“There, beer is a civilizing drink and not a thirst quencher. Life without good beer in the neighborhood pub would be life without good conversation.”
“Hutt exposed the goal of the marketing people to turn the pubs into places to get tanked up, like a service station, rather than to enjoy good fellowship and good conversation.”
By this logic, PSU ought to have a pub in the Hub.
Ben also gave many historical examples of people’s interaction over quality ales. He harkened back to early America when the seeds of revolution fomented (and fermented) in colonial taverns and pubs (serving as early town halls) where the ales were as richly varied as in the English countryside. One column explained the Founding Fathers’ response (over rounds of Philadelphia porter) to the Whiskey Rebellion by subsequently lifting taxes on brewers so as to proliferate ales, hoping they would supplant hard liquor.
Discovering history through, or from a beer, and how varying styles were experienced is fascinating in itself. However, the most novel idea in the columns was to discover a brewer’s intent in a beer. Who drinks beer to find out what a brewer intended? There would have to be some remarkable flavor to even spark your curiosity. There is legend and lore to many small breweries, whether of their own stories or the themes for which their beers are brewed (such as Unibroue outside Montreal), teaching us lessons in history and human experience.
This brings us back to Ben’s essays on Penn State.
“To explore the real meaning of the university is to turn the pursuit of excellence into an adventure of mind and character.”
Brewing, enjoying, and soulfully engaging minds over excellence in craft beer is one example of that adventure – similar to the experience over coffee in the Penny Universities of 18th Century England.
‘Tis the season to reinvigorate that fellowship of mind and character, and that community of great minds and characters. In Is Penn State A Real University, Ben concluded that as a university community,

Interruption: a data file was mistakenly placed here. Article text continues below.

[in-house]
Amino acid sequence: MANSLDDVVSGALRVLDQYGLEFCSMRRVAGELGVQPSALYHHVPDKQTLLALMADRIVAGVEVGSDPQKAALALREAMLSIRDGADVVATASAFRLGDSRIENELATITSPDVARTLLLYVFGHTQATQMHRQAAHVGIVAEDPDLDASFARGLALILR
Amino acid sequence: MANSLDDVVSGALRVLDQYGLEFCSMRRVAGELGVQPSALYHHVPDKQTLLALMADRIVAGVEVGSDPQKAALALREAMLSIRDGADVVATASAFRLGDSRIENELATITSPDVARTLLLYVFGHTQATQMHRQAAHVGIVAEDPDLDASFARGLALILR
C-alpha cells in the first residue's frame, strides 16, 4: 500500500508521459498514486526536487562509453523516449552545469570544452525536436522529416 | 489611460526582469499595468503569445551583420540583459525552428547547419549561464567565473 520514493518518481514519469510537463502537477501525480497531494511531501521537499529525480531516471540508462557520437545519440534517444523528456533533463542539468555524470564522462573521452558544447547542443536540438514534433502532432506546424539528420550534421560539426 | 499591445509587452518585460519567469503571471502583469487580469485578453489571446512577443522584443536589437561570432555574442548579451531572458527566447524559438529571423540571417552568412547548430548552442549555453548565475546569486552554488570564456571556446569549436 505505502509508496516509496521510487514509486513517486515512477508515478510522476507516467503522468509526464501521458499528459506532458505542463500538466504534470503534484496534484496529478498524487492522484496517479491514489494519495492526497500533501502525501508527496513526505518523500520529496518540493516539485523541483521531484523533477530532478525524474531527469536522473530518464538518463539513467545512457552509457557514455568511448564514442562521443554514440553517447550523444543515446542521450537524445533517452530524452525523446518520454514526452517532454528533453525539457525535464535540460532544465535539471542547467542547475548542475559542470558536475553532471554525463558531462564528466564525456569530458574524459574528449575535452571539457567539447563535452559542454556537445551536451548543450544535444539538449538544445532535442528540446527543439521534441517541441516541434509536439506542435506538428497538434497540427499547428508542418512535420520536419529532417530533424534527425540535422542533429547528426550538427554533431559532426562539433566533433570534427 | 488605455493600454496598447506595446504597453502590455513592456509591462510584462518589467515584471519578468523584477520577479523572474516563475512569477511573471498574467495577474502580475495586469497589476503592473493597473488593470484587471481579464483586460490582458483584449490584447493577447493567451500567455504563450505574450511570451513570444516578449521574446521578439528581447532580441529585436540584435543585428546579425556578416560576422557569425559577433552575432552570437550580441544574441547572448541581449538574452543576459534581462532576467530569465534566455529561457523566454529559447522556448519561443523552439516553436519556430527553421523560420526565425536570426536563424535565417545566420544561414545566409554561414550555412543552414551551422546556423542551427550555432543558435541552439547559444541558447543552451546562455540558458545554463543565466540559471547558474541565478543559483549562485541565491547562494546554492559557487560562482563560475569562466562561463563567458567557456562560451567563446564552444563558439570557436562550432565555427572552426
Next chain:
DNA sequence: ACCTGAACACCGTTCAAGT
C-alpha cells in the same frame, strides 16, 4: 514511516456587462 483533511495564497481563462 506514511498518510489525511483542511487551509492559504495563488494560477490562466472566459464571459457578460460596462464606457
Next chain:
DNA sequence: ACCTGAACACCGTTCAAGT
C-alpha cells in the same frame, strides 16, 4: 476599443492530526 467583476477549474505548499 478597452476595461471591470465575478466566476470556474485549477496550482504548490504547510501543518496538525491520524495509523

“to raise the intellectual tone of society, we must first be able to raise the intellectual tone of our own community. To dream of cultivating the public mind and purifying the national taste, we must first cultivate our own community’s mind, and uplift our own community’s taste.”
He didn’t mean beer taste per se, but it perfectly fits the concept analogously, and literally. Aiming the writings locally, these weren’t intended as abstract ideas for whoever would entertain them. They were a clarion call for motivated, self-starting students and local community to rediscover themselves and, among other things, their school’s rightful heritage of shared governance within the brave new administration-centered Penn State of the 1980’s. The spirit was not entirely unlike that of the colonials in the pubs in the late 1700’s fomenting over ales – not in the sense of forming a rebellion for confrontation, but forming a body (bonded by fellowship) to act in common spirit to go out and relive the type of rich character-forming university experience envisioned by the school’s founders.
At the same time beginning in the ‘80’s, the parallel with the new craft brew revolution was a rediscovery and remastering of old (and new) artisan brewing that had been lost since Prohibition, also forgotten by generations conditioned to accept mass-produced uniformity devoid of character and soul.
In both cases, rediscovering old ideas that seemed lost, Ben made them new again – now newly available for the world.
A toast…for the glory…of good fellowship!